So please stay in tune with Free Hank III. If you read on MySpace click “subscribe” in the upper left hand corner, or put savingcountrymusic.com in your RSS feed. And as soon as there is a release date, or a need to put pressure on Curb, I will make sure you are the first to know.
For more information on Free Hank III, go to freehank3.org.
As first reported here, the Music City Madman Joe Buck, the former guitarist for Th’ Legendary Shack Shakers and bassist for Hank III has signed with Century Media Records, and will be releasing his first official solo album through them.
Well now I can report that the album will be called Demon in my Head after the song of the same name, and is slated for an “early Fall” release. The album was recorded in Seattle at the Soundhouse Recordings studio over 10 days earlier this month, and the producer was the legendary Jack Endino who has produced albums for Nirvana, Zeke, Soundgarden, High on Fire, and hundreds more. Donny Paycheck of Zeke might have some involvement in the project as well. Also, it is confirmed that Keith Neltner will be doing the album art for the project.
From Joe Buck: “Its gonna give us a nice push and I’m really excited about it. I’ve got something to say. . . It ups the ante.”
The album will include new songs, as well as a few “hits” from his previous DIY releases. Just like his earlier releases, Joe Buck plays every note himself. Judd Films was on location during the studio recording to get footage for an upcoming EPK for the album, and was kind enough to share some exclusive photos with the rest of us.
And prior to being in Seattle to record, Joe Buck was in California, recording with his old buddy “Captain” Sean Wheeler of Throw Rag, so keep your eyes peeled for that project in the future as well.
So of course as soon as I decide to leave the real world for a few days, the REAL country news wires get hot. So I’m sitting here in a crude “internet” cafe in the small interior Mexico mountain town of Xilitia, feeding a gerbil that runs in a wheel that somehow gives me some crude and heroically slow version of the world wide internet, and I’m using my last few precious gerbil nibits to bring you the latest scoop in an admittedly concise and unsexy fashion.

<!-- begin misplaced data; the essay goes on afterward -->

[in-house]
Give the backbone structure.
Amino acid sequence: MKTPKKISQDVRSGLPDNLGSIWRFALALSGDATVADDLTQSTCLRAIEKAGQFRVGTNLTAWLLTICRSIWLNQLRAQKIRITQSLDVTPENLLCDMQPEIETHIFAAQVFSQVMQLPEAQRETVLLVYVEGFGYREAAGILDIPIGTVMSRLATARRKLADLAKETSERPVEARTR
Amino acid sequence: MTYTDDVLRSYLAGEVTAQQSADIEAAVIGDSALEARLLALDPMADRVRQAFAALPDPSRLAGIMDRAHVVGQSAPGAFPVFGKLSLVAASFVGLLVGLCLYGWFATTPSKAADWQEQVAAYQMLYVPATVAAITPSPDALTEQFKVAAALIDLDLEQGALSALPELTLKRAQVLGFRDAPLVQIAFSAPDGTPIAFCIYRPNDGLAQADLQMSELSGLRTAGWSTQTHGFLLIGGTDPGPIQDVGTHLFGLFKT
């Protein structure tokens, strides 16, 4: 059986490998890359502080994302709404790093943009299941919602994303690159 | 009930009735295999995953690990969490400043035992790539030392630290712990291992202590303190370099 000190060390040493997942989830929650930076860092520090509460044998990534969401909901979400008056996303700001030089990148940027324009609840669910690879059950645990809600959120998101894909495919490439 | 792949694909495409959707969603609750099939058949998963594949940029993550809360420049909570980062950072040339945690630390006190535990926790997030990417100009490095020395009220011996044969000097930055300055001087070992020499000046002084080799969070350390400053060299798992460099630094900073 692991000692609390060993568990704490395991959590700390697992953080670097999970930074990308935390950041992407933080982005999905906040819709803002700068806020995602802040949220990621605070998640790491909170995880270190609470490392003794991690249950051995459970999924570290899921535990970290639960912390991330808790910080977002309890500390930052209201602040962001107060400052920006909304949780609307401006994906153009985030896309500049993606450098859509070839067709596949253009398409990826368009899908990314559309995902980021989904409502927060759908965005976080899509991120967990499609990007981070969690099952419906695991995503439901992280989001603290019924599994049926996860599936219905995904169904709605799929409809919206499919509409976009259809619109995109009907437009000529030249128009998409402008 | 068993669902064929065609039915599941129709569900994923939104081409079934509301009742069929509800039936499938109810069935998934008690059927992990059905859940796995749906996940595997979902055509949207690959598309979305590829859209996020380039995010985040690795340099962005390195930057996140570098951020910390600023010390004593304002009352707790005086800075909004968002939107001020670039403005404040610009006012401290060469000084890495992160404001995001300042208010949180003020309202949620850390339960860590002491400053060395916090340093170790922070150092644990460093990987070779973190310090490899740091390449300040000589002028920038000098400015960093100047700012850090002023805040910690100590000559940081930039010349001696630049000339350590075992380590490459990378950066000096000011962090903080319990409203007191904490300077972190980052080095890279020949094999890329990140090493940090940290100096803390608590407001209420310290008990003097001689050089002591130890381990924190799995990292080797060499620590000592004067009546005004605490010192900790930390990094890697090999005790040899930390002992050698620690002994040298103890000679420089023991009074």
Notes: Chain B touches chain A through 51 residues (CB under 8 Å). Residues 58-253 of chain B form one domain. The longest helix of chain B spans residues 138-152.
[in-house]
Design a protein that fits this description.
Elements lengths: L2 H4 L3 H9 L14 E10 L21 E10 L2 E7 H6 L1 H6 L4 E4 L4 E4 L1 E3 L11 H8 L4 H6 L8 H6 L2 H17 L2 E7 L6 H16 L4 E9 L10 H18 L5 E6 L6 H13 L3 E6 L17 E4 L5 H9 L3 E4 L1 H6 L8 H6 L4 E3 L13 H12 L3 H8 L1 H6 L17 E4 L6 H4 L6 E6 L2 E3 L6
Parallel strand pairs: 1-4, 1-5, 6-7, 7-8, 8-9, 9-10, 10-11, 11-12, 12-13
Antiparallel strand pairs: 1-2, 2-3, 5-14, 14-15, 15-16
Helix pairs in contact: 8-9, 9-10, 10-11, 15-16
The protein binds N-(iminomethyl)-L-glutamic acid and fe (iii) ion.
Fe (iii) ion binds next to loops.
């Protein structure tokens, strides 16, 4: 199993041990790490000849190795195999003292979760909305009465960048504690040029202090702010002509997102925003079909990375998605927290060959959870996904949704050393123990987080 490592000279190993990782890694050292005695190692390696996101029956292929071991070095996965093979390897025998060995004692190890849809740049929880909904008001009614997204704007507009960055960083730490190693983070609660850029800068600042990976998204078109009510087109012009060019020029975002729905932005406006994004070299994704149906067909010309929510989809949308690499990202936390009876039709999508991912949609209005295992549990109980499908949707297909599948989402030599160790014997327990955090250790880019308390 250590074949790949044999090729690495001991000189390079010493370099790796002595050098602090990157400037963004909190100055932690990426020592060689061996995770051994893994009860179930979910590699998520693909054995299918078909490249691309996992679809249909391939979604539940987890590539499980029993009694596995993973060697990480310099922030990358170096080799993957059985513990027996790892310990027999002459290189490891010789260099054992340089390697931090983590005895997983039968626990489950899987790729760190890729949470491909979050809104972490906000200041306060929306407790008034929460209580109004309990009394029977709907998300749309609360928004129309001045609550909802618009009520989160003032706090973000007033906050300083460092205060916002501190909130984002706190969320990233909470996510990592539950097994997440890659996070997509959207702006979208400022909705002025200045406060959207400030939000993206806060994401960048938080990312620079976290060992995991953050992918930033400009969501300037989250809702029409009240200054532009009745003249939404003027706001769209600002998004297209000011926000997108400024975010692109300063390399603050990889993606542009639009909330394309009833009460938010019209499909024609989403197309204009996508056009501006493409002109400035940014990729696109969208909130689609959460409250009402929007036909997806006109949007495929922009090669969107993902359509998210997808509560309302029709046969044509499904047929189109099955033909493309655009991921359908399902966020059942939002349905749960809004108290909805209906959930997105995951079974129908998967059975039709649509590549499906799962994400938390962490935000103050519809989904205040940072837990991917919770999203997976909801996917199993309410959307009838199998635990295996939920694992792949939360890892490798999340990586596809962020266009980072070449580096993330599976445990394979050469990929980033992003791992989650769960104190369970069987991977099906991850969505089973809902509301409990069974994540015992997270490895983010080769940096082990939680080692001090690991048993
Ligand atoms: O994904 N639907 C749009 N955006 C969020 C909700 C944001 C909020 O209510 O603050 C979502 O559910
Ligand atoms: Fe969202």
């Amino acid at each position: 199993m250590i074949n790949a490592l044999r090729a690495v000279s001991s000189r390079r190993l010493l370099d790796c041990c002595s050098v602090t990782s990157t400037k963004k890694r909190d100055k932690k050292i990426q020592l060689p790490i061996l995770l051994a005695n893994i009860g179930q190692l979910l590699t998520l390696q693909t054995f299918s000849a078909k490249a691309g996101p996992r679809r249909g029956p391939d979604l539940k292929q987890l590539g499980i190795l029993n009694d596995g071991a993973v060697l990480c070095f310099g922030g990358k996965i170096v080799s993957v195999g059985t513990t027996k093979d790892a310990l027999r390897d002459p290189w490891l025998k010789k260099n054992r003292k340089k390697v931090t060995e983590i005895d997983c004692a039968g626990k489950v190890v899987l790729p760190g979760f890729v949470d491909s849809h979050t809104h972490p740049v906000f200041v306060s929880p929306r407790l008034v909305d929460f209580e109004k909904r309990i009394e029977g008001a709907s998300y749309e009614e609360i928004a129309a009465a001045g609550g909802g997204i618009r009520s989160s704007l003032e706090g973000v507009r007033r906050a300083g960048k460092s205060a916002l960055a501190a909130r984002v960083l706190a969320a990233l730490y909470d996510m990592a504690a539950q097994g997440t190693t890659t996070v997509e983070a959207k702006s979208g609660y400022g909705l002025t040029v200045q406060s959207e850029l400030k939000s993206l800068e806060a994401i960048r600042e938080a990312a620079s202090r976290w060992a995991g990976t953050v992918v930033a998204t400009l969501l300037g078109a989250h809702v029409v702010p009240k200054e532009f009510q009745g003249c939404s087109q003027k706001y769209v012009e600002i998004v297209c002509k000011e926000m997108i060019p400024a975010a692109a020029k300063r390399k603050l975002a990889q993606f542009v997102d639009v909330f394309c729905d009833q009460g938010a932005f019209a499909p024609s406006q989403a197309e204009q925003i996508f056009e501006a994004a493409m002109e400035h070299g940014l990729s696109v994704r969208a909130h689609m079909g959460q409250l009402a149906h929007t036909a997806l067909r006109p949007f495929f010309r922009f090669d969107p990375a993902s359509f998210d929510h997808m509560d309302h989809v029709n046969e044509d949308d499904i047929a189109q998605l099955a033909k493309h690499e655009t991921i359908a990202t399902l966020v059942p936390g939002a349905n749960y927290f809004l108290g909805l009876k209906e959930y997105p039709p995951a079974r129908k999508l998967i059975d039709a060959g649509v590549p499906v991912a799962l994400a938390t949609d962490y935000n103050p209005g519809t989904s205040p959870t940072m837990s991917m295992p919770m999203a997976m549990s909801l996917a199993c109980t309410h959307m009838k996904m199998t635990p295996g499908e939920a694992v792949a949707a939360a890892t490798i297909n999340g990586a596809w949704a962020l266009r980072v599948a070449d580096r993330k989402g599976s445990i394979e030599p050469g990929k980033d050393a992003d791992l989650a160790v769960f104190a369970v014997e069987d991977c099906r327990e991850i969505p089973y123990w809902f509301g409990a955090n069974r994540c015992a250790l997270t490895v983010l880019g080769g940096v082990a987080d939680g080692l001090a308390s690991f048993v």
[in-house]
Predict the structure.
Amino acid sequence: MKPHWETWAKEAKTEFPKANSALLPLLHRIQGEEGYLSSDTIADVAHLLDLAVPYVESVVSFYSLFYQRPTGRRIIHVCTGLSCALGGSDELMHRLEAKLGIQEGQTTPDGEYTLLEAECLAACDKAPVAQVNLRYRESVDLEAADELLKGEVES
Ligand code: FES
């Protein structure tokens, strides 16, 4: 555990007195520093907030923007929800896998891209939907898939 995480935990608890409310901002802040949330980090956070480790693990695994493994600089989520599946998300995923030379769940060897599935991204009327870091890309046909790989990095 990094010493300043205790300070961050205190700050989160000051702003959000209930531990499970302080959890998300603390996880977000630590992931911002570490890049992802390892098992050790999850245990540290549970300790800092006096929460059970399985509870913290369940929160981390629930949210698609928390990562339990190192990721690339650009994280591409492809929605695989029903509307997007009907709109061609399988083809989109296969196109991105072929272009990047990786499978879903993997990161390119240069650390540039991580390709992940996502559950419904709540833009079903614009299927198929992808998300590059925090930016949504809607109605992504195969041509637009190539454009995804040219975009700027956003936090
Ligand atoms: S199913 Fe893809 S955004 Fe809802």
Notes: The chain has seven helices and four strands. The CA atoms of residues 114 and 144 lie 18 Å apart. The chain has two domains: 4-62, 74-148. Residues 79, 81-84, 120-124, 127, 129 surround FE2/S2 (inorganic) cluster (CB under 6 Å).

Hank III West Coast Tour w/ Kyle Turley
Hank Williams III has just announced a West Coast/ Texas tour beginning in March, and the opener will be the former football player turned country singer Kyle Turley. To see the current list of dates CLICK HERE. More dates will probably show up later, but note that NO date is official until you see it on that site.
I will be attending at least one, if not more of these shows, and am really interested to see what the Kyle Turley show has to offer. Hope to see some of you out there. But for the next few days, I will be trying to enjoy my stay south of the border, and making sure I come back in one piece and not as part of some ransom bargain. So until then . . .
When Hank Williams III’s album Damn Right, Rebel Proud went to #2 in the charts last year, this was a significant development in the movement to Reinstate Hank Williams to the Grand Ole Opry because of the first track, “The Grand Ole Opry (Ain’t So Grand),” was a song protesting the Grand Ole Opry’s stance.
But believe it or not, this wasn’t the first song to call out the Opry for firing Hank and never reinstating him. That honor belongs to Hank Jr. and Waylon Jennings in the song, The Conversation. The chorus goes:
“Well back then they called him crazy, now days they call him a saint
Now the ones that called him crazy, are still ridin’ on his name
Back then they called him crazy, now a days they call him a saint
Most folks don’t know that they fired him from the Opry
And that caused his greatest pain
I’ve heard some criticize Hank Jr.’s music because it seems like he evokes his daddy’s name at nausea. On that point I would defend Jr., because you might talk at nausea about your daddy if he was Hank Williams too. But my question is if Hank Jr. feels like The Opry firing Hank Sr. caused him his greatest pain, and that the Opry is still riding off his name, why wouldn’t he at the least lend his John Hancock to the movement to reinstate him?